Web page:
Motion Picture Piracy: Controlling the Seemingly Endless Supply of Counterfeit Optical Discs in Taiwan
Shiu, Stephen K., Vanderbilt Journal of Transnational Law
Annually, Hollywood loses roughly $3.5 billion dollars in revenue to optical disc piracy in Taiwan. Optical disc piracy involves the camcording or copying of motion pictures onto laser discs, digital versatile discs, or video compact discs. Through the U.S. Trade Representative's satellite enforcement offices in Taiwan and coordination with the Taiwanese legislature and enforcement agencies, the U.S. motion picture companies have been able to influence some change in the frequency and severity of optical disc piracy in Taiwan. This can be mainly attributed to the Motion Picture Association of America's alliance with the U.S. Trade Representative in placing Taiwan on numerous "Special 301" lists, which can have a negative effect on the Taiwan's trade relationship with the United States, public image, and ability to attract foreign investors. The reduction of optical disc piracy in Taiwan is impeded by accession to the World Trade Organization, cultural hurdles, weak domestic film industry and self interest. Nevertheless, U.S. Copyright industries can still influence change externally, by continued pressure under "Special 301"; and, internally, by incentivizing Taiwan businesses and building relationships with governmental and independent intellectual property organizations.
TABLE OF CONTENTS I. INTRODUCTION II. OPTICAL DISC PIRACY A. Optical Disc Piracy 1. Moviemaking: A "Hit or Miss" Industry 2. Growing Optical Disc Piracy 3. The Worldwide Reach of Optical Disc Piracy B. Optical Disc Piracy in Taiwan 1. Mass Producer and Trans-shipment Capital 2. Night Markets 3. Adaptation by Pirates III. THE MPAA: STRENGTHENING COPYRIGHT LAW & ENFORCEMENT IN TAIWAN A. The MPAA's Copyright Law Enforcement Efforts in Taiwan B. The MPAA's Legislative Reform Efforts in Taiwan 1. USTR: "Special 301". 2. Influencing the USTR IV. TAIWAN: A LONG HISTORY OF BEING ON THE USTR's "SPECIAL 301" LISTS A. IPR Problems from the Very Beginning: Taiwan's Stall Tactics B. The Return of the Priority Watch List (2000-2004) 1. 2002: The Action Year of the Protection of Intellectual Property Rights 2. Prosecuting Optical Disc Pirates Becomes Easier 3. Failure to Adopt the Executive Yuan's 2003 Amendments C. Continued Improvement Leads to a Downgrade to the Watch List (Late 2004-Present) V. ANALYSIS A. Why Taiwan May Concede 1. Internal Pressure: Rise of Domestic Intellectual Property 2. External Pressure: Trade Leverage by the United States 3. Past Practice B. Why Taiwan May Not Concede 1. Cultural hurdles 2. Weak Domestic Film Industry 3. Self Interest & WTO Accession C. Recommendation for the Abatement of Optical Disc Piracy in Taiwan 1. Externally Influencing Structural Change in Taiwan 2. Breeding Change from Within a. Incentivizing Taiwanese Businesses b. Increased Public Awareness Campaigns c. Building Relationships with Governmental and Independent IP Organizations VI. CONCLUSION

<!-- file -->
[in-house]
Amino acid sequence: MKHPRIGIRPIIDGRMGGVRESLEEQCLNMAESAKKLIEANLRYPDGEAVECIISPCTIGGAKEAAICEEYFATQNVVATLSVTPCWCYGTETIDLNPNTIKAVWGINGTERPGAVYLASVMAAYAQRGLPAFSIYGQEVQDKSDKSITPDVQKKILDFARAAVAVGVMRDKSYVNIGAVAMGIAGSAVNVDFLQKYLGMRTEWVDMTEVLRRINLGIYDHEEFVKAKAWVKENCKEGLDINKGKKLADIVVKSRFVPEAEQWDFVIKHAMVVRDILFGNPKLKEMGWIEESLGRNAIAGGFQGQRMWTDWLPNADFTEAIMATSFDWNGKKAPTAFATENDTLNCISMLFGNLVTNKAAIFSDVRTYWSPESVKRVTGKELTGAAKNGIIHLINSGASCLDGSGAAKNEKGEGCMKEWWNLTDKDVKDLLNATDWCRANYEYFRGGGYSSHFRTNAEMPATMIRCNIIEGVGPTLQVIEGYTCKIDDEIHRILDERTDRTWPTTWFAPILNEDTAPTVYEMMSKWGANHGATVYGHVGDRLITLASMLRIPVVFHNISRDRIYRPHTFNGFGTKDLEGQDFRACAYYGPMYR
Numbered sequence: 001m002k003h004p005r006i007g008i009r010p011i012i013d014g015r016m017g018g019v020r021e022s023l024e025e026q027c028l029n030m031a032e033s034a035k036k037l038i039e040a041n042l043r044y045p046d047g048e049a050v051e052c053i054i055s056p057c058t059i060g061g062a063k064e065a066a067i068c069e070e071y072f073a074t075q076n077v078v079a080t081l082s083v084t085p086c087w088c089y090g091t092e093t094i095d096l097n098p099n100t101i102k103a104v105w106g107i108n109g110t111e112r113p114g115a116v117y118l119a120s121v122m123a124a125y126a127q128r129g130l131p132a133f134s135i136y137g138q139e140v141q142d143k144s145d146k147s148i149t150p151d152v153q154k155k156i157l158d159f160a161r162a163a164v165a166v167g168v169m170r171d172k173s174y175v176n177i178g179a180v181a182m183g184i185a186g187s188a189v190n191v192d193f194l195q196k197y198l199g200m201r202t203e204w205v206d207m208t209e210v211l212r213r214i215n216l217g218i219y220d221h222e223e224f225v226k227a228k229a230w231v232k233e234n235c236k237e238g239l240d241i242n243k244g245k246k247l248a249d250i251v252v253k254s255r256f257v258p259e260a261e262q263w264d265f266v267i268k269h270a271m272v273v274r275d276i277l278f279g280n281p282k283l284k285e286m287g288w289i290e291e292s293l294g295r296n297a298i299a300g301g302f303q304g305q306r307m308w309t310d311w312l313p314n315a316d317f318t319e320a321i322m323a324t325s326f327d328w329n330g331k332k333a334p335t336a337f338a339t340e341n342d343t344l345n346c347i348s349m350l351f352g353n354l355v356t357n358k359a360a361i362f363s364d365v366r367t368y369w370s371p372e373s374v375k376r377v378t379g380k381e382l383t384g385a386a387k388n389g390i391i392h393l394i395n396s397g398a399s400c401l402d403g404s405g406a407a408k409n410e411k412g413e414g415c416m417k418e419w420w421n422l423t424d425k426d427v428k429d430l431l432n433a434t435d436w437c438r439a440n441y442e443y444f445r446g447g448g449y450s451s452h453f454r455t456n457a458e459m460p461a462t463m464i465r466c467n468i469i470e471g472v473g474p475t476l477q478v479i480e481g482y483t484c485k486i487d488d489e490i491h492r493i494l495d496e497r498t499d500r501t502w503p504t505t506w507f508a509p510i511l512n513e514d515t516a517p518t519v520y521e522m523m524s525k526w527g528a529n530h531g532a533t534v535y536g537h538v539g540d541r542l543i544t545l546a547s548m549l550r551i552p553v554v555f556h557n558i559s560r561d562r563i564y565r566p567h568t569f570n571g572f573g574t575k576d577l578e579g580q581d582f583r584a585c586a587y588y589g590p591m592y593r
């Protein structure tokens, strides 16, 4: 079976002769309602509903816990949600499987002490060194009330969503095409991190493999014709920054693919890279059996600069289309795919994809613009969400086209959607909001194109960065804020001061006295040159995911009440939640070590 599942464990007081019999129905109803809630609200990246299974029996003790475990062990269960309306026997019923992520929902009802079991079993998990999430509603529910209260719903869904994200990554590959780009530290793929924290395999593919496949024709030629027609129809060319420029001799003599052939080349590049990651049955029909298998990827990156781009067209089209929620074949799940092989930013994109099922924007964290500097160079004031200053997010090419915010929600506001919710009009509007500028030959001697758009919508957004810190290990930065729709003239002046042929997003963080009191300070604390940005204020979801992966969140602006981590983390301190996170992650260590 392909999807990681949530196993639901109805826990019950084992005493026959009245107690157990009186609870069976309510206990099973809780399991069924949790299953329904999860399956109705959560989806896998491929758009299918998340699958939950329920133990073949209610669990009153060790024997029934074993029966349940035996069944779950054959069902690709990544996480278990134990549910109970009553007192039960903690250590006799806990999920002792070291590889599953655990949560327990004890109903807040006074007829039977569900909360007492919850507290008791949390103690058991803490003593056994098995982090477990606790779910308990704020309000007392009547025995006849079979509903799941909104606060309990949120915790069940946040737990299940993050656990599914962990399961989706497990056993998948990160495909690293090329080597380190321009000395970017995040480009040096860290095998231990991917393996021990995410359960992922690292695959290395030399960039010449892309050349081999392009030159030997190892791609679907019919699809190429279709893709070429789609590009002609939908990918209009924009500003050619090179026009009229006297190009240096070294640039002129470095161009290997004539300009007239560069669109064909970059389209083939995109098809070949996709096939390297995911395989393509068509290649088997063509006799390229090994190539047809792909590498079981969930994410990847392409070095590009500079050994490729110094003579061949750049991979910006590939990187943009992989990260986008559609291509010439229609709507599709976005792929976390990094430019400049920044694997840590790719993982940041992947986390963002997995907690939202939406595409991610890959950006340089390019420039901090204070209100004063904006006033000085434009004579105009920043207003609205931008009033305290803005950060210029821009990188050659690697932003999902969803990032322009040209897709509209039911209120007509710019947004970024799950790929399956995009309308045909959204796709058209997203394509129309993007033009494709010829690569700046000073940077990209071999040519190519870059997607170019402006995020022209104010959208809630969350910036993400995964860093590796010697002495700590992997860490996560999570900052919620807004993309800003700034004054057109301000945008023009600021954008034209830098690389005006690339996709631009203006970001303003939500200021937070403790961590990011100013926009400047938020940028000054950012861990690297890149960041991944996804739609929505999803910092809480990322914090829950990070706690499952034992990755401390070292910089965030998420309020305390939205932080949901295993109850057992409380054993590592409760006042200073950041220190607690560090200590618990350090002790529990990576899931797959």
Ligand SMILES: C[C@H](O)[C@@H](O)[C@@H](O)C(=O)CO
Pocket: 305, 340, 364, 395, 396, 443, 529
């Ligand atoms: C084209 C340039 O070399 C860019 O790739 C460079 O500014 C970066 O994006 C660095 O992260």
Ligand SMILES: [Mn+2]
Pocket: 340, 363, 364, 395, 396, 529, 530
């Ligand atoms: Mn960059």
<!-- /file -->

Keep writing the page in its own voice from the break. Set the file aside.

Piracy is "the unauthorized taking, copying or use of copyrighted materials without the authorization of the" copyright owner. (1) The Motion Picture Association of America (MPAA) (2) reports that Hollywood lost $3.5 billion in revenue to piracy in 2002. (3) This does not include revenues lost by non-major studios or through internet piracy, which are difficult to track. (4)
Optical disc piracy involves the illegal copying of motion pictures onto an optical disc, a term which encompasses laser discs, digital versatile discs (DVDs), (5) and video compact discs (VCDs), (6) a lower quality optical disc format popular in Asia. …